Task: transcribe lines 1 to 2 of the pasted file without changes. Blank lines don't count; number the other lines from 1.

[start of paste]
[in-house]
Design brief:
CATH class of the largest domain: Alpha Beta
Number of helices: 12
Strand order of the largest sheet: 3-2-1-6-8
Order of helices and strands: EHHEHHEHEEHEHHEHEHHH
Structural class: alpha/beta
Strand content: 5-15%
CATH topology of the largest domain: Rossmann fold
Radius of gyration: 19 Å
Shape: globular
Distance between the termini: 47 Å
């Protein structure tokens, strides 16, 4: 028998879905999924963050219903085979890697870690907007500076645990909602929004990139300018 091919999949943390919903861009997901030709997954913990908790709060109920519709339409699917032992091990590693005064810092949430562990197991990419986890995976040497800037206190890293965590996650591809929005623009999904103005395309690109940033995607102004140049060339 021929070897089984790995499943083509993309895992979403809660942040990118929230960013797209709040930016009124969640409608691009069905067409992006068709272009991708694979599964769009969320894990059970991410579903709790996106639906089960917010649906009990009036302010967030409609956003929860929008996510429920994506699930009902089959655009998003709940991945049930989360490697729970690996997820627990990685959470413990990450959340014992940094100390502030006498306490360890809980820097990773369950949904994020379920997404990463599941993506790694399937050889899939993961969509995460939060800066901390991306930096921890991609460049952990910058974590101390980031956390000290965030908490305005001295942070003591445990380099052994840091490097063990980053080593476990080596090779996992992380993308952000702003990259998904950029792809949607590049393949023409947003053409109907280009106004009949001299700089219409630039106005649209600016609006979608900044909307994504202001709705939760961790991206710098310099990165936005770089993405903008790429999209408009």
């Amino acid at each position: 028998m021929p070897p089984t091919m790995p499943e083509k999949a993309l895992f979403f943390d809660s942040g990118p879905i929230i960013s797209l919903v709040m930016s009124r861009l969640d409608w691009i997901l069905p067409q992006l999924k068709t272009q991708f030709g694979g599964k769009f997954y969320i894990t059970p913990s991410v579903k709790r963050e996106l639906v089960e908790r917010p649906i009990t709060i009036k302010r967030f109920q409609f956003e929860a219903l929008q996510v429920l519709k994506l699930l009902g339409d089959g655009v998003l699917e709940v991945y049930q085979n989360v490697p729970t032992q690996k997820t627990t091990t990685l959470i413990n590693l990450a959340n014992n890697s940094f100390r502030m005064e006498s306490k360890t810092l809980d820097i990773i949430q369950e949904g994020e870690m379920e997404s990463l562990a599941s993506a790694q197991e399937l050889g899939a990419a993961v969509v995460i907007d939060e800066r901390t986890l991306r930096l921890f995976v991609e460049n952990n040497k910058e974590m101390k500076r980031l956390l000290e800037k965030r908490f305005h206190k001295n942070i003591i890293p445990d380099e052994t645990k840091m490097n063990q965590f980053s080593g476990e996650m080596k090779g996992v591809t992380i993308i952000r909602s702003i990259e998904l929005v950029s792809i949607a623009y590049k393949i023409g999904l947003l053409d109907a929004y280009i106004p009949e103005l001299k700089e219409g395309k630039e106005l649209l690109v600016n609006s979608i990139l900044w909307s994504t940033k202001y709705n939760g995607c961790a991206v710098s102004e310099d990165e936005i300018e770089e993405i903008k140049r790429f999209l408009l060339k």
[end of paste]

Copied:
[in-house]
Design brief: